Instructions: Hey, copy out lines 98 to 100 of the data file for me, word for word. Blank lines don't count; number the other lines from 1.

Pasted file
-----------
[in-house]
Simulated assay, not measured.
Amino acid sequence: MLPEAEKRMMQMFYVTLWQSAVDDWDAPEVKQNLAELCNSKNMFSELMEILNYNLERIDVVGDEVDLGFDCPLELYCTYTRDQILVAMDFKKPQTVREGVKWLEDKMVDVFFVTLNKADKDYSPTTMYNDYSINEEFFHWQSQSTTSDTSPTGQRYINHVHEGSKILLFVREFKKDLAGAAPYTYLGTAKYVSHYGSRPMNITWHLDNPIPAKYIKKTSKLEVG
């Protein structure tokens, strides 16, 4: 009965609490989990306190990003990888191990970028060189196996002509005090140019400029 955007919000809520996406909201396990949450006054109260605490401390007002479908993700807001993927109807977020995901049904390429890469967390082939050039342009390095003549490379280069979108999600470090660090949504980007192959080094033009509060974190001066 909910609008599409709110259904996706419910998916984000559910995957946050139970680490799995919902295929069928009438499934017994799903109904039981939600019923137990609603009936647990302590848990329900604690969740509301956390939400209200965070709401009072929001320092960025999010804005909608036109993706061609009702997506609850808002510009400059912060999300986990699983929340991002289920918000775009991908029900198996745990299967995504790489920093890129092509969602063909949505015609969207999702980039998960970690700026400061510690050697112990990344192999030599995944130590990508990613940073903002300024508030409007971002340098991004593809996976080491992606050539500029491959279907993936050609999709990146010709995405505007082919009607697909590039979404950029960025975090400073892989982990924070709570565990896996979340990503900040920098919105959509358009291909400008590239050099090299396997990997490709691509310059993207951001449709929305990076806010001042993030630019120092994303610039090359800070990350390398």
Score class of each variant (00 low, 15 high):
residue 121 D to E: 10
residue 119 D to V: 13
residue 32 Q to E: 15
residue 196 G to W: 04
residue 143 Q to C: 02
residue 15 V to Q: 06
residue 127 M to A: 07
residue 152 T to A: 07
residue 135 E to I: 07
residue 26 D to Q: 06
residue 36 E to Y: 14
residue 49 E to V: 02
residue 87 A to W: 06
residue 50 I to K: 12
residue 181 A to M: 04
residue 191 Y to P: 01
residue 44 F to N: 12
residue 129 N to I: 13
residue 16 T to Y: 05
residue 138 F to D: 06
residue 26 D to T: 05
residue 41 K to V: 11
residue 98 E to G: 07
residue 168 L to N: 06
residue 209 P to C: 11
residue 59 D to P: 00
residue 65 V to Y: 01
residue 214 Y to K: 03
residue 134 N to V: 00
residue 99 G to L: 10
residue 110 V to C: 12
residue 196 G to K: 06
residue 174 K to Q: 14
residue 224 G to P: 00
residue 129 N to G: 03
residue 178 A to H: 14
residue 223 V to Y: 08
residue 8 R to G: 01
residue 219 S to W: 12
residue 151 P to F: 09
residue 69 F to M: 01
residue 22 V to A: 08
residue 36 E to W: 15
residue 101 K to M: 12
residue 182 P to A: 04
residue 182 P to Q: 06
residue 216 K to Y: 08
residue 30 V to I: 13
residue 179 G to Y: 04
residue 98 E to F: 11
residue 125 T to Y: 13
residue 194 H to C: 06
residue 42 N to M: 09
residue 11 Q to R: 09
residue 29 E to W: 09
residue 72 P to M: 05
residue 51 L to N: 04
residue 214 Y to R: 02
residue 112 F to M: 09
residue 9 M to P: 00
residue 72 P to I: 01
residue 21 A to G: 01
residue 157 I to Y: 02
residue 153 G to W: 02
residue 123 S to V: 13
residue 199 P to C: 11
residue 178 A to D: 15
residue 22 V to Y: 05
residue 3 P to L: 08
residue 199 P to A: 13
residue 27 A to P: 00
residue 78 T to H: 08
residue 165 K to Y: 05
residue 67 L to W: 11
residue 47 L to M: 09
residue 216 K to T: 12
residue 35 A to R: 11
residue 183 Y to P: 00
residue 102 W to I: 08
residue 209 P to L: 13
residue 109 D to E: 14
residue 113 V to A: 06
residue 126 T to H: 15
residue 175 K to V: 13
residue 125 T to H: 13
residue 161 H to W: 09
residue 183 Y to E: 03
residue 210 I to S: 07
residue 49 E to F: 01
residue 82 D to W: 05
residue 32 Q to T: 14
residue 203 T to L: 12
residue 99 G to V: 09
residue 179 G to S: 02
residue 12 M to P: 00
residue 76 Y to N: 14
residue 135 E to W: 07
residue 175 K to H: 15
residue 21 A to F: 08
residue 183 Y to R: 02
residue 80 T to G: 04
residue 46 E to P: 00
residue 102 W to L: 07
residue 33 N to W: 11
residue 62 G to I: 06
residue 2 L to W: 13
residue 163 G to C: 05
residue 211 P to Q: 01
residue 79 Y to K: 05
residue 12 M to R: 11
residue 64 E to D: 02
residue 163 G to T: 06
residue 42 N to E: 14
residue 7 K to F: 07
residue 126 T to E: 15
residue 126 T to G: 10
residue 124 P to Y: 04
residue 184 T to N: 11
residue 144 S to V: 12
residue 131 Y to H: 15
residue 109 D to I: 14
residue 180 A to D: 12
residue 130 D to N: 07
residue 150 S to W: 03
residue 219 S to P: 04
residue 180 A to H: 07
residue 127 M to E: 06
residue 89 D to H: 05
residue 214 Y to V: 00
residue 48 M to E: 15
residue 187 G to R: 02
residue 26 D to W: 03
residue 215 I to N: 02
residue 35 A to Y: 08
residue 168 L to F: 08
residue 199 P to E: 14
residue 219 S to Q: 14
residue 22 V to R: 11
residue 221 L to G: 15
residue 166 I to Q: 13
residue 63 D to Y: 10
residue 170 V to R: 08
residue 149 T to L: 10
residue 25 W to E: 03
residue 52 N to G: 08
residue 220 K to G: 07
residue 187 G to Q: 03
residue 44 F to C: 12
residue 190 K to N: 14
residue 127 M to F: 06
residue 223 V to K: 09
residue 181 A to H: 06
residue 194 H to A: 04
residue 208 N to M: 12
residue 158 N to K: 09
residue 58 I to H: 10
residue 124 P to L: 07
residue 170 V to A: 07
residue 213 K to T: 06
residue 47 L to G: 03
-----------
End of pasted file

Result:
residue 99 G to V: 09
residue 179 G to S: 02
residue 12 M to P: 00